Purifying the purifier

A consumer looking for a water purifier is most likely to be confronted with a fusillade of quality claims. K J Nath, president, Institution of Public Health Engineers in Kolkata is not sure about their veracity. "A lot of the tall claims by private players cannot be substantiated scientifically,' he says.

Down To Earth asked a few manufacturers about the standards they adhere to. Most produced lab reports and rolled of terms like certified by nsf international usa, endorsed by the Indian Medical Association (ima), tested by university of Minnesota, bis certified, member of the Water Quality Association, usa.

What about the testing criteria at these national and international laboratories? We wondered. Our investigations revealed that these varied and were sometimes even irrational. A consumer needs to know the contaminant challenge, the quality and source of water, for which the purifier was certified. But consider, for example, a 2006 report by Spectro Labs Delhi. It stated that a model manufactured by Kent cleansed to packaged drinking water standards: IS 14543: 2004. Heavy metals were within limits stipulated by this standard, the report noted. But most heavy metals were within prescribed limits in the untreated water itself. So, the purifier had actually done precious little. It had only removed microbial contaminants, tds and salts. IS 14543: 2004 standards also stipulate that there should not be any pesticide in water. But the Spectra Labs report made no mention of pesticide levels in the treated water.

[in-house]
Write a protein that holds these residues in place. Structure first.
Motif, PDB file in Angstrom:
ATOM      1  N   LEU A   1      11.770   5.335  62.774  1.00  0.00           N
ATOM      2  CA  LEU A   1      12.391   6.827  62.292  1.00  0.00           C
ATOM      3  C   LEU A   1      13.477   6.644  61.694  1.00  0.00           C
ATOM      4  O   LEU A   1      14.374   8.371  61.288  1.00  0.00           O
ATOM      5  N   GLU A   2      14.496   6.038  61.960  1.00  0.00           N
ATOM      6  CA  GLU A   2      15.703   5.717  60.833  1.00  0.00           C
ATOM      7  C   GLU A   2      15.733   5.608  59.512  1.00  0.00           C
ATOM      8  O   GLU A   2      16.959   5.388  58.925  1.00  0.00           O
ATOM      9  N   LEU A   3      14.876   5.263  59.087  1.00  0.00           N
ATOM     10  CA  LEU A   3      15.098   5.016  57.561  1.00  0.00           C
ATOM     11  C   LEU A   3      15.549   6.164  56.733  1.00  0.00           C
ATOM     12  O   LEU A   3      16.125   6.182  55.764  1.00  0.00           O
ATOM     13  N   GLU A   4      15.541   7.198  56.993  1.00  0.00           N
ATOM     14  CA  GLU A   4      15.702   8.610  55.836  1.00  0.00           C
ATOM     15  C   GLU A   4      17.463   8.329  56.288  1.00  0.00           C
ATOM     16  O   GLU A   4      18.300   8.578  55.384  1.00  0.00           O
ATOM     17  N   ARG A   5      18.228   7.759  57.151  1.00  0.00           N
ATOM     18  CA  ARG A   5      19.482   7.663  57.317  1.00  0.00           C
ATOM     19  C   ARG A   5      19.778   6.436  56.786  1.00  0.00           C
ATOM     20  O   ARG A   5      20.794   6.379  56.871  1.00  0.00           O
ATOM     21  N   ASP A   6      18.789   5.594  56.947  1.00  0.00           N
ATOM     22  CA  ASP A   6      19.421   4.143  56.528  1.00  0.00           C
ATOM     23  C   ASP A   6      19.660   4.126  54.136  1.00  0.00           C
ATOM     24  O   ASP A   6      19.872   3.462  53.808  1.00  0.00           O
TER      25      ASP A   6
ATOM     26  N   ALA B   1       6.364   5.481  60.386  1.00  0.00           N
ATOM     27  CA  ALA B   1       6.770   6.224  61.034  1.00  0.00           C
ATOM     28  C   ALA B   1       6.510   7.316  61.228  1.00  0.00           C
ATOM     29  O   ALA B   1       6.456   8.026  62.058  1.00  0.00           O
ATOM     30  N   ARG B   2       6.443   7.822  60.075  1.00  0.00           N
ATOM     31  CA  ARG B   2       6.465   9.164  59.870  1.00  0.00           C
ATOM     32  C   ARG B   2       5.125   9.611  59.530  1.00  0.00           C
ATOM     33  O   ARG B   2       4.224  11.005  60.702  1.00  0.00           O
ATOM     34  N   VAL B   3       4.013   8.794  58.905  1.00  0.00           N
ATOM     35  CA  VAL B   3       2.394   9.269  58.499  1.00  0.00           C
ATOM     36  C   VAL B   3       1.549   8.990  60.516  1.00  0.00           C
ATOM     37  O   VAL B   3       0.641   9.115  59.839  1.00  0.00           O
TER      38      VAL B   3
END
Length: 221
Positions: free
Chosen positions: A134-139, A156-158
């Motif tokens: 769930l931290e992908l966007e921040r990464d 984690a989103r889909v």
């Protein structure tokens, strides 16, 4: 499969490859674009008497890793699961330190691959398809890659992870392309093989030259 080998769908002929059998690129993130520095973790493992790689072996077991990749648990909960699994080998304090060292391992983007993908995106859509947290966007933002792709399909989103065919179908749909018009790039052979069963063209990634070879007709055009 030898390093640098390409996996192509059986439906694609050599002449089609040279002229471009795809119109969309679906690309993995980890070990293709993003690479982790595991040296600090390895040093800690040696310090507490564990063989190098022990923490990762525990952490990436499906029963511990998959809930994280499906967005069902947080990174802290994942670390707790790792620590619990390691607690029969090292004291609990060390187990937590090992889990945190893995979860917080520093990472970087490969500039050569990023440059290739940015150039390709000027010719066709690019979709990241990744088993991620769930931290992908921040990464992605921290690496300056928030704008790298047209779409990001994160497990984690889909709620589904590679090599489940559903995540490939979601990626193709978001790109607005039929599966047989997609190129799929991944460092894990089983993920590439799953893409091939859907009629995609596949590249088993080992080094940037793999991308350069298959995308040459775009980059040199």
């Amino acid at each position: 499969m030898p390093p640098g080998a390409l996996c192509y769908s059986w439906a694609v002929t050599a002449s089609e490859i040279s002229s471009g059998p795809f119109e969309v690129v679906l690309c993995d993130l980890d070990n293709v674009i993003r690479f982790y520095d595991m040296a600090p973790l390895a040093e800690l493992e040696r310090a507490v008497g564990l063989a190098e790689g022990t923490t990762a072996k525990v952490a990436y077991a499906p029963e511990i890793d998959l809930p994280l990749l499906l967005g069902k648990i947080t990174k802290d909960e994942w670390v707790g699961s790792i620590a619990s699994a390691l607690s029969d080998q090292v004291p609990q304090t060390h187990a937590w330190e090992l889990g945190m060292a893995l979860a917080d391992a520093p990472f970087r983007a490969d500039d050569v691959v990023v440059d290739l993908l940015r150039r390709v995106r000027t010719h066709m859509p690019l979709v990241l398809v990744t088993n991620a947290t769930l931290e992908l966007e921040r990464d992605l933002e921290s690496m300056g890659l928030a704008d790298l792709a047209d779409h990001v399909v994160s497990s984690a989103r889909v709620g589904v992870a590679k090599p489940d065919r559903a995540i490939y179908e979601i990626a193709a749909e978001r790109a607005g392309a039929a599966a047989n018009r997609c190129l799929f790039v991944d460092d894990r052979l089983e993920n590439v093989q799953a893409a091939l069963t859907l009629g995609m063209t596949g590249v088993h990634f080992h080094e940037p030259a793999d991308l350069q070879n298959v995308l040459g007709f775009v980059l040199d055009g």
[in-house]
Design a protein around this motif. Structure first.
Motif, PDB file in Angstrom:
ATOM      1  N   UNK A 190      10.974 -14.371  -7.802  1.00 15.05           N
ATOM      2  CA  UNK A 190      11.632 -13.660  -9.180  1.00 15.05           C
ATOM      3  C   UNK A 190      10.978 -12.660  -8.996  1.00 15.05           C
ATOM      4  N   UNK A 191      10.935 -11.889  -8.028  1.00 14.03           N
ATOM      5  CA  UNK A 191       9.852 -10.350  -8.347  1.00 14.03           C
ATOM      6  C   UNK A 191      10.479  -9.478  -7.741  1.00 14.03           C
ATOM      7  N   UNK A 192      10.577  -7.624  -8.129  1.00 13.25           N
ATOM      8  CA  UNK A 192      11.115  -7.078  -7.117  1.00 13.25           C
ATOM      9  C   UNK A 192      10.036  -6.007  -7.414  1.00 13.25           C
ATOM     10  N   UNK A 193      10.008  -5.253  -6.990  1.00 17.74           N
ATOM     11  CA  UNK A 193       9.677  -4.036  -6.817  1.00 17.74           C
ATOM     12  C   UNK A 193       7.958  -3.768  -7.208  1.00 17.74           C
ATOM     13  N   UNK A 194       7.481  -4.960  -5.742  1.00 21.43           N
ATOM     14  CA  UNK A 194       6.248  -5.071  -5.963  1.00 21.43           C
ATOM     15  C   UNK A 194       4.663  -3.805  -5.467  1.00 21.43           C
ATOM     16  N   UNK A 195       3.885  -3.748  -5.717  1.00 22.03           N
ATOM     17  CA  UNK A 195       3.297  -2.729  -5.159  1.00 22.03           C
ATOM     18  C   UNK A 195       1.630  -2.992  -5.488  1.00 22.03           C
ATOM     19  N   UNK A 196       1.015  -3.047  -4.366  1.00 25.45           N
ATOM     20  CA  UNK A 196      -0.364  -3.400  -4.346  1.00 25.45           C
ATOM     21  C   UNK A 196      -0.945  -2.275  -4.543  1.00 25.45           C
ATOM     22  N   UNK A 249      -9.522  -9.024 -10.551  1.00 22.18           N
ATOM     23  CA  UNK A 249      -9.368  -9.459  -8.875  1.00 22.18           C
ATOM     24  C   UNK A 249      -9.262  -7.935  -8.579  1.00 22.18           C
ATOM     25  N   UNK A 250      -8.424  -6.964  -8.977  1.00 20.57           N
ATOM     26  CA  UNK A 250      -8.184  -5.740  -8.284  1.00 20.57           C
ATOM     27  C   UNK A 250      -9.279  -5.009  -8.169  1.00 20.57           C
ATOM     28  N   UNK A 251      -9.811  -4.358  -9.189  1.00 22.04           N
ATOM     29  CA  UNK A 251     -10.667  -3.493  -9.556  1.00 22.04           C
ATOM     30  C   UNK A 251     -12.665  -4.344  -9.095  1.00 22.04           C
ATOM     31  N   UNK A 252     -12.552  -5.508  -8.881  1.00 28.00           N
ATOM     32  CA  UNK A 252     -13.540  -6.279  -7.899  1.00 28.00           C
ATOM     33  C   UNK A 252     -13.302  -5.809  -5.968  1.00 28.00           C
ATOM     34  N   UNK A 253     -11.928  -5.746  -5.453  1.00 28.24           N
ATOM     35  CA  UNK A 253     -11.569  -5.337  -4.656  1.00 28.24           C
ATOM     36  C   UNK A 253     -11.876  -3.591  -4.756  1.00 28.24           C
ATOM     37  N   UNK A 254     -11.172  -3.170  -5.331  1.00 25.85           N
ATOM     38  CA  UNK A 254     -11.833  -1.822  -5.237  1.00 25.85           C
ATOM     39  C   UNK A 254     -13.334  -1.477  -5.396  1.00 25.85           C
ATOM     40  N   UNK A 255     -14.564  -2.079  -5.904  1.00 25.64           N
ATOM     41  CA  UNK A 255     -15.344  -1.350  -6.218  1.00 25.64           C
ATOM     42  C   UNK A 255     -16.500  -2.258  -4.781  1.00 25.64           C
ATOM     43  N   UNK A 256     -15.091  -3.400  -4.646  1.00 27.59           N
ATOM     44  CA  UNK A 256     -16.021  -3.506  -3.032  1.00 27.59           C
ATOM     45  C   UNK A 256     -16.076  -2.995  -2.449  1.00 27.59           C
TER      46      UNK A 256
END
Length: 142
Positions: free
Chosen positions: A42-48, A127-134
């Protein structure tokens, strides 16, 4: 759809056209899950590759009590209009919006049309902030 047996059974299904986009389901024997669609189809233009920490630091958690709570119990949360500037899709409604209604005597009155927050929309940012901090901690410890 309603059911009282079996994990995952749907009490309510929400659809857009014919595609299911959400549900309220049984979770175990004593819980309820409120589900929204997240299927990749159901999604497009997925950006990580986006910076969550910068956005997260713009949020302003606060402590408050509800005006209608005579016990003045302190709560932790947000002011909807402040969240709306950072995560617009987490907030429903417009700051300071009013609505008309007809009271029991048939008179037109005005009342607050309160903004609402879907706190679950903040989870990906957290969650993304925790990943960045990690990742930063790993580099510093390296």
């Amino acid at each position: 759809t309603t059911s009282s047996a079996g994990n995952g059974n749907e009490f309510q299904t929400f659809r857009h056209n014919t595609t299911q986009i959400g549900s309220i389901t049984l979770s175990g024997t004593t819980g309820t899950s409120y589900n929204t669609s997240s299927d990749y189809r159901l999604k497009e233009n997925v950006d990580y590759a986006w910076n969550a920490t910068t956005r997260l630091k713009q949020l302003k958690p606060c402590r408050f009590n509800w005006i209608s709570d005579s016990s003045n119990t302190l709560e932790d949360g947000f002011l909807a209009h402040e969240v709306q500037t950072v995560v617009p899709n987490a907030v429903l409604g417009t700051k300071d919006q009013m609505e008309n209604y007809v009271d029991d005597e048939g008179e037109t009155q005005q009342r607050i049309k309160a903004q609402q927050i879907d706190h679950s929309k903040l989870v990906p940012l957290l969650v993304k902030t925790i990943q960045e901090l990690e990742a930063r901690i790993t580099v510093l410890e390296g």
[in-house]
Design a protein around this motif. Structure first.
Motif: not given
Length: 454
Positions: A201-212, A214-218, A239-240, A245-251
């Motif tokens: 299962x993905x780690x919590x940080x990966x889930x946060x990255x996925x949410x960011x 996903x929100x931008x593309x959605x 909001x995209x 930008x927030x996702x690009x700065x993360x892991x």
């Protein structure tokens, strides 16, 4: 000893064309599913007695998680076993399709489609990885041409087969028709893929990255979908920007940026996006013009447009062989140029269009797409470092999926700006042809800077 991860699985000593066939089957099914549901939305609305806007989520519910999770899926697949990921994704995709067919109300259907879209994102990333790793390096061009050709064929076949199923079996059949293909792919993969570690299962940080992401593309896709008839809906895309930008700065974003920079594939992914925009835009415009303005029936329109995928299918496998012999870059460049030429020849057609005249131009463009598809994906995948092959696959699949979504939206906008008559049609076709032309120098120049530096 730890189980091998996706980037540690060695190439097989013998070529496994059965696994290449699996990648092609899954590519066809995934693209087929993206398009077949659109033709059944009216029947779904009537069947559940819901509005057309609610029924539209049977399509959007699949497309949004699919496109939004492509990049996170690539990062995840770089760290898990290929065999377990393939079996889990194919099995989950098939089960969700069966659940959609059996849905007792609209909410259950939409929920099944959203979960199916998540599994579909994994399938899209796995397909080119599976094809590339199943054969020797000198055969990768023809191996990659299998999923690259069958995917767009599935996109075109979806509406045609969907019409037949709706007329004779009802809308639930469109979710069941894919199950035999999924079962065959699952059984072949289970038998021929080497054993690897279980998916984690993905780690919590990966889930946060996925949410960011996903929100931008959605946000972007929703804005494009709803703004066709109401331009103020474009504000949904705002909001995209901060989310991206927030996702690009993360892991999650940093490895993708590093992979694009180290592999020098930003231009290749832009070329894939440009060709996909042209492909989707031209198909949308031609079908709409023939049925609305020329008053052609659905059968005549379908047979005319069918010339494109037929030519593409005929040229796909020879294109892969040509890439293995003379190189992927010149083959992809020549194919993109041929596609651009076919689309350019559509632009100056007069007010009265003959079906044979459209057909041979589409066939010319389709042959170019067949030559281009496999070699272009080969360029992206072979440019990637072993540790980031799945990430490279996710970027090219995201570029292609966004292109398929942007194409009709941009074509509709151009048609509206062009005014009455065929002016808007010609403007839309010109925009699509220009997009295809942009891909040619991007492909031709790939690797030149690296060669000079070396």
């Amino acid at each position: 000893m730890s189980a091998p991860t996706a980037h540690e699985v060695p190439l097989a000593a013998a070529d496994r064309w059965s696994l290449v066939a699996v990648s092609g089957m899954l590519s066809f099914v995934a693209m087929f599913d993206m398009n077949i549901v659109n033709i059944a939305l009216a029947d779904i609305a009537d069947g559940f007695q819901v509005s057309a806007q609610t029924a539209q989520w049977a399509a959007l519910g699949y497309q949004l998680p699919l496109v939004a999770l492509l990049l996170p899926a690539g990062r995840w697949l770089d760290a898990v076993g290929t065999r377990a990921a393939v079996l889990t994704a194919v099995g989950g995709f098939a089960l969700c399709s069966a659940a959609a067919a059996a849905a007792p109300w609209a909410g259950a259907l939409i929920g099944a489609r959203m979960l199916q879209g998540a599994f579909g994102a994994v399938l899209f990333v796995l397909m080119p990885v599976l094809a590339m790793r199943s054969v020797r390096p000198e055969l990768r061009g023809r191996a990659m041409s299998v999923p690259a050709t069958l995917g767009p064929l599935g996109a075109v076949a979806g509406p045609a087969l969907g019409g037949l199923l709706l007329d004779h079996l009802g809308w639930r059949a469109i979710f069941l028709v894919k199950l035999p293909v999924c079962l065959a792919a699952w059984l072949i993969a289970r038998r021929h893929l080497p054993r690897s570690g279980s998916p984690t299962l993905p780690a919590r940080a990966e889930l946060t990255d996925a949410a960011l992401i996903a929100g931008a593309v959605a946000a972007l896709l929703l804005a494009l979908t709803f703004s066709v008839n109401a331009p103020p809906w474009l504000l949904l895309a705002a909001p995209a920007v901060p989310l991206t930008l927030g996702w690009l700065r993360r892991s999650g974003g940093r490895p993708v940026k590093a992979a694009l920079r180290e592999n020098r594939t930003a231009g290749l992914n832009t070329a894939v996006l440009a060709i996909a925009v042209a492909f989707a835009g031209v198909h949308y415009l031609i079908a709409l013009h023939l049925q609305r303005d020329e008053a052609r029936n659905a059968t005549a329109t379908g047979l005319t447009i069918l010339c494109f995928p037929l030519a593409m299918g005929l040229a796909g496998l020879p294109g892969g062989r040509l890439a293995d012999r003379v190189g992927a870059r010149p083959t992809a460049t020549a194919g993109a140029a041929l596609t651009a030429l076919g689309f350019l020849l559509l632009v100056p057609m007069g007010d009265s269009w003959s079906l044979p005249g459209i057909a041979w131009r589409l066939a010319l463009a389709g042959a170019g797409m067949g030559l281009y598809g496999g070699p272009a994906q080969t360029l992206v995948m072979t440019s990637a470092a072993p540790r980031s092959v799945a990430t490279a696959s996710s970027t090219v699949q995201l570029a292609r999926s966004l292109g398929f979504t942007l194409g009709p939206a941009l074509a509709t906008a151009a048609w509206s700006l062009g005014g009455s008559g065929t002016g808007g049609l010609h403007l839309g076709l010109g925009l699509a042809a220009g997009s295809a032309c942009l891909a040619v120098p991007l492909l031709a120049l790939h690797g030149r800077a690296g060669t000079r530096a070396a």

We then decided to check on certificates issued by the Indian Medical Association. Were they also indifferent to the contaminant challenge? A certificate given by the association to Eureka Forbes in 2004 came as a revelation. It showed that the association actually does not test water purifiers. The certificate said, "Endorsements